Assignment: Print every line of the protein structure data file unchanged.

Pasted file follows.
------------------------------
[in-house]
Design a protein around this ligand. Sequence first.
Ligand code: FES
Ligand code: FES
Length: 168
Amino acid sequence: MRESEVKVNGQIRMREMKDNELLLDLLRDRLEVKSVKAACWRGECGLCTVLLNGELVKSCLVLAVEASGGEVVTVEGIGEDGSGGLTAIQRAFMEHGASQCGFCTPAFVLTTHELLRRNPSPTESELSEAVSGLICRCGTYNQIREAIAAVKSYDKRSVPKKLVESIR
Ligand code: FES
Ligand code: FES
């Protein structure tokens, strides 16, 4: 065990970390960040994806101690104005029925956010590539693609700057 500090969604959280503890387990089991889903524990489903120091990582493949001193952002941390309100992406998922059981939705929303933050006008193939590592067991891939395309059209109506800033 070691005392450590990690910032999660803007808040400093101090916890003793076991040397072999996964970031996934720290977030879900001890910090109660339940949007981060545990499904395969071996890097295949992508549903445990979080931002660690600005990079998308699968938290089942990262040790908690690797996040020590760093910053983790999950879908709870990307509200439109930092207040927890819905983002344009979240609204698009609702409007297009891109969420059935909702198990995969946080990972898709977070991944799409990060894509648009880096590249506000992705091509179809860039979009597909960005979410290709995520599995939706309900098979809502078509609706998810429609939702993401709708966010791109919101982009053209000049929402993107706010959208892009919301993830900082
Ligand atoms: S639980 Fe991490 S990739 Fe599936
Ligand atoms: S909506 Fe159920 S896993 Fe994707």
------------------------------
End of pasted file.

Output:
[in-house]
Design a protein around this ligand. Sequence first.
Ligand code: FES
Ligand code: FES
Length: 168
Amino acid sequence: MRESEVKVNGQIRMREMKDNELLLDLLRDRLEVKSVKAACWRGECGLCTVLLNGELVKSCLVLAVEASGGEVVTVEGIGEDGSGGLTAIQRAFMEHGASQCGFCTPAFVLTTHELLRRNPSPTESELSEAVSGLICRCGTYNQIREAIAAVKSYDKRSVPKKLVESIR
Ligand code: FES
Ligand code: FES
């Protein structure tokens, strides 16, 4: 065990970390960040994806101690104005029925956010590539693609700057 500090969604959280503890387990089991889903524990489903120091990582493949001193952002941390309100992406998922059981939705929303933050006008193939590592067991891939395309059209109506800033 070691005392450590990690910032999660803007808040400093101090916890003793076991040397072999996964970031996934720290977030879900001890910090109660339940949007981060545990499904395969071996890097295949992508549903445990979080931002660690600005990079998308699968938290089942990262040790908690690797996040020590760093910053983790999950879908709870990307509200439109930092207040927890819905983002344009979240609204698009609702409007297009891109969420059935909702198990995969946080990972898709977070991944799409990060894509648009880096590249506000992705091509179809860039979009597909960005979410290709995520599995939706309900098979809502078509609706998810429609939702993401709708966010791109919101982009053209000049929402993107706010959208892009919301993830900082
Ligand atoms: S639980 Fe991490 S990739 Fe599936
Ligand atoms: S909506 Fe159920 S896993 Fe994707």